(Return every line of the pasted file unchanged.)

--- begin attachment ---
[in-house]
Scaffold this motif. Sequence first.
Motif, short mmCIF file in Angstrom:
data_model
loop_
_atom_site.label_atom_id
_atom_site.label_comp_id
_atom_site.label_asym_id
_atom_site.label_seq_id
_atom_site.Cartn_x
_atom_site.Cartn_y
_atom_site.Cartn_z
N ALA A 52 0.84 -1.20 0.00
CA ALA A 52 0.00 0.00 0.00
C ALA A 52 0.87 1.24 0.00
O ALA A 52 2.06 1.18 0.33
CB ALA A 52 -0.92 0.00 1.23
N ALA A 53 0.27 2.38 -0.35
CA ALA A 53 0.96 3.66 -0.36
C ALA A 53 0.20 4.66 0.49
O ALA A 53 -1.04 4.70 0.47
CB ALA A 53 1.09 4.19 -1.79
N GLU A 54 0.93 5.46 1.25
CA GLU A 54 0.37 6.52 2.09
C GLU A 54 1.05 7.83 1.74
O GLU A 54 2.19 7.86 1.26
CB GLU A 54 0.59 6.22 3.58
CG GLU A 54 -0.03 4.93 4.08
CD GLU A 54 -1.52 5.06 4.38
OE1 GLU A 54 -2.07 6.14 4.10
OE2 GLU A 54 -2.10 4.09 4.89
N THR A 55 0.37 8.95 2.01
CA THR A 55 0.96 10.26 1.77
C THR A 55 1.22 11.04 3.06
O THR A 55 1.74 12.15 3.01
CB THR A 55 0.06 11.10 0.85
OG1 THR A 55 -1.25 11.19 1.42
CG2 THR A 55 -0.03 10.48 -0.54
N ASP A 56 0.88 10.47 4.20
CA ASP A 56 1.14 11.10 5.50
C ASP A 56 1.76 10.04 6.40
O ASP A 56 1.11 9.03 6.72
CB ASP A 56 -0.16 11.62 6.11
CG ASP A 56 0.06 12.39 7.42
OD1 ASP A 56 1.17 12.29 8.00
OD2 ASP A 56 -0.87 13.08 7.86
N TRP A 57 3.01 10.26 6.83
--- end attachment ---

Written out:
[in-house]
Scaffold this motif. Sequence first.
Motif, short mmCIF file in Angstrom:
data_model
loop_
_atom_site.label_atom_id
_atom_site.label_comp_id
_atom_site.label_asym_id
_atom_site.label_seq_id
_atom_site.Cartn_x
_atom_site.Cartn_y
_atom_site.Cartn_z
N ALA A 52 0.84 -1.20 0.00
CA ALA A 52 0.00 0.00 0.00
C ALA A 52 0.87 1.24 0.00
O ALA A 52 2.06 1.18 0.33
CB ALA A 52 -0.92 0.00 1.23
N ALA A 53 0.27 2.38 -0.35
CA ALA A 53 0.96 3.66 -0.36
C ALA A 53 0.20 4.66 0.49
O ALA A 53 -1.04 4.70 0.47
CB ALA A 53 1.09 4.19 -1.79
N GLU A 54 0.93 5.46 1.25
CA GLU A 54 0.37 6.52 2.09
C GLU A 54 1.05 7.83 1.74
O GLU A 54 2.19 7.86 1.26
CB GLU A 54 0.59 6.22 3.58
CG GLU A 54 -0.03 4.93 4.08
CD GLU A 54 -1.52 5.06 4.38
OE1 GLU A 54 -2.07 6.14 4.10
OE2 GLU A 54 -2.10 4.09 4.89
N THR A 55 0.37 8.95 2.01
CA THR A 55 0.96 10.26 1.77
C THR A 55 1.22 11.04 3.06
O THR A 55 1.74 12.15 3.01
CB THR A 55 0.06 11.10 0.85
OG1 THR A 55 -1.25 11.19 1.42
CG2 THR A 55 -0.03 10.48 -0.54
N ASP A 56 0.88 10.47 4.20
CA ASP A 56 1.14 11.10 5.50
C ASP A 56 1.76 10.04 6.40
O ASP A 56 1.11 9.03 6.72
CB ASP A 56 -0.16 11.62 6.11
CG ASP A 56 0.06 12.39 7.42
OD1 ASP A 56 1.17 12.29 8.00
OD2 ASP A 56 -0.87 13.08 7.86
N TRP A 57 3.01 10.26 6.83